I love warm fall dishes. The aroma of the onions, garlic, and herb merry wonderfully with the roasted sweet potato drizzled in maple syrup. Savory and sweet. Cooking this dish is one of my favorite Thanksgiving day activities. I prepare most of my other dishes ahead of time, so they simply need to be cooked in the oven and we ::cough cough:: fry our turkey. Using the stove top adds a different kind of warmth to the house. A lovely cozy warmth. It is also the prefect activity to keep myself busy while I wait for friends and family to arrive.
I am serving Pinot Noir Reserve with dinner and this side dish compliments the dry cherry and earthy autumn notes of the wine. Pop open the bottle and use 1/4 cup to deglaze the pan and then pour yourself a glass. You did just cook Thanksgiving dinner!
If you already have your Thanksgiving menu planned - this makes a perfect side dish or main course for any dinner! Check out this recipe for smaller serving sizes.
3 cups of arborio rice
3 small sweet potatoes - cut into 1/2 inch cubes
1 tablespoon of fresh thyme - minced
1 tablespoon of fresh marjoram - minced
1 tsp of cracked pepper
1/4 cup of Pinot Noir Reserve
1 tsp nutmeg (hole nutmeg grated is preferred over powder)
1 tsp paprika
2 tsp salt divided
2 tbsp salted butter
2 tbsp olive oil
2 small yellow onions - finely diced
4 cloves of garlic - minced
1 cup of grated Parmesan cheese
2 tablespoons of browned butter
3 quarts of stock of your choice - I used chicken
maple syrup for drizzling
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My name is Rachael White, and I am the new vineyard manager at Unionville Vineyards. I am thrilled to be part of the team and produce exceptional grapes for exquisite wine. I’m eager to begin this role and I wanted to introduce myself to share a little of my background.
I became interested in grape production right out of high school while working at my local research and extension center with the viticulture team. Little did I know when I started that viticulture would become my passion and career going forward. I got to work with industry famous people like Dr. Tony Wolf and Dr. Cain Hickey and interact with growers that were more than happy to share their joys and dismays about farming grapes. I fell in love with the seasonality and the fact I could always be outside! With a newfound purpose, I attended my first semester at Virginia Tech in the fall of 2013 and immediately focused my degree on wine grape production. I took every wine and vineyard related course offered at the time and enjoyed other horticulture courses along the way. I studied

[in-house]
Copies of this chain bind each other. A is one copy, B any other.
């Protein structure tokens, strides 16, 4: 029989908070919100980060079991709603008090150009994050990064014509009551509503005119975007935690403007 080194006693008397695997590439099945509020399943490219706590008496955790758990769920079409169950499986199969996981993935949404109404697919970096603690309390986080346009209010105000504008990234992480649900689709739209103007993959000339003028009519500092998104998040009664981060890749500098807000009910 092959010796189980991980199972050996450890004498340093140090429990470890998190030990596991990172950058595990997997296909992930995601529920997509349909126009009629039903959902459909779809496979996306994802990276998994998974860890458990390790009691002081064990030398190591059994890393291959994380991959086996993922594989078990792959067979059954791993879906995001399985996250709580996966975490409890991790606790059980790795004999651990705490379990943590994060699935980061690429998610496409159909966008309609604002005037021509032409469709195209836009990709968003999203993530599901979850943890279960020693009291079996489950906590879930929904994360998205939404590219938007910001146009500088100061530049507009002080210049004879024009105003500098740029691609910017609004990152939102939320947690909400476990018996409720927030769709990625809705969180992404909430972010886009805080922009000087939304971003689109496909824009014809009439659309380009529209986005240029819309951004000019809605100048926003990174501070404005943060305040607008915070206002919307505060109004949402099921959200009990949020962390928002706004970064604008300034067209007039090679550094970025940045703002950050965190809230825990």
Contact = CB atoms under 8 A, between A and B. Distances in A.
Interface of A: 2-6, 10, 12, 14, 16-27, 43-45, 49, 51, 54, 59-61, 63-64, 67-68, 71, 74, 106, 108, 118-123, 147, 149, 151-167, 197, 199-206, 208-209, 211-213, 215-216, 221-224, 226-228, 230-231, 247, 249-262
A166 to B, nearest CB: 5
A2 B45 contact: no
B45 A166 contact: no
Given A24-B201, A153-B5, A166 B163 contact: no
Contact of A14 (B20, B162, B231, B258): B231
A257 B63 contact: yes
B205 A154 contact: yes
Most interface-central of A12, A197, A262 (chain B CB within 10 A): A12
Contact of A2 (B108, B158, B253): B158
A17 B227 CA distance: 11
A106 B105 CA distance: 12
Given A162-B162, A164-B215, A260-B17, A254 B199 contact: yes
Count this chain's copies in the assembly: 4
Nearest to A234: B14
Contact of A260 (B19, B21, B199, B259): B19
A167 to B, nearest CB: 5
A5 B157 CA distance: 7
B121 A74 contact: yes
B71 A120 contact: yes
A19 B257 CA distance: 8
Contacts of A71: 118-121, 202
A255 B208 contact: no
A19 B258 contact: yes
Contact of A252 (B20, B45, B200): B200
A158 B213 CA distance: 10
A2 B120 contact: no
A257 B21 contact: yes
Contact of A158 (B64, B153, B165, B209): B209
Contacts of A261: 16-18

abroad in Cortona, Italy where I learned old world wine tradition and began refining my palate.
I finished my Bachelor of Science degree in December of 2016 and looked to gain more knowledge from elsewhere in the world. I decided to work a vintage in the southern hemisphere and set my eyes on New Zealand. In March of 2017, I started work at a contract winery in the Marlborough region that produced Sauvignon Blanc, but also small batches of Pinot Noir, Gewurztraminer, and Pinot Gris. I worked on the “Red Team," and processed mostly Pinot Noir
in small orders for clients.
What a difference a year can make. August 2018 through July 2019 was the second rainiest 12 month stretch in the recorded history of New Jersey weather. These records stretch back into the late 19th century, which gives context just to how wet that is. It's not easy growing wine grapes when it rains every other day from August through the end of harvest. As we slogged through a wet May and June, we were making preparations to endure another difficult season. A torrential thunderstorm on July 11th dropped over three inches of rain on most of our vineyards. Todd Wuerker, winemaker at Hawk Haven Vineyard said to me on the phone "it has to stop, it always evens out" and I scoffed at that idea. The weather today doesn't know what happened the day, week, or month before.
Todd was right! An atmospheric switch flipped in mid-July, and high pressure dominated the mid-Atlantic for the rest of the season. There were isolated thunderstorms to dodge through the rest of summer, and Unionville fared particularly well in this stretch. Over the 10 weeks of harvest, less than three inches of rain fell across our vineyards. We went from a historically wet stretch to historically dry, and it came just in the nick of time.
Unionville Vineyards provides guests with a safe, comfortable environment to relax and enjoy fine wine in the serene countryside of pastoral Hunterdon County. With this vision in mind, several important updates to our hospitality policies have been put in place related to group size, children, dogs, food, & more. Please click here to read them before planning your visit to Unionville, to ensure a pleasant experience for all. Thank you.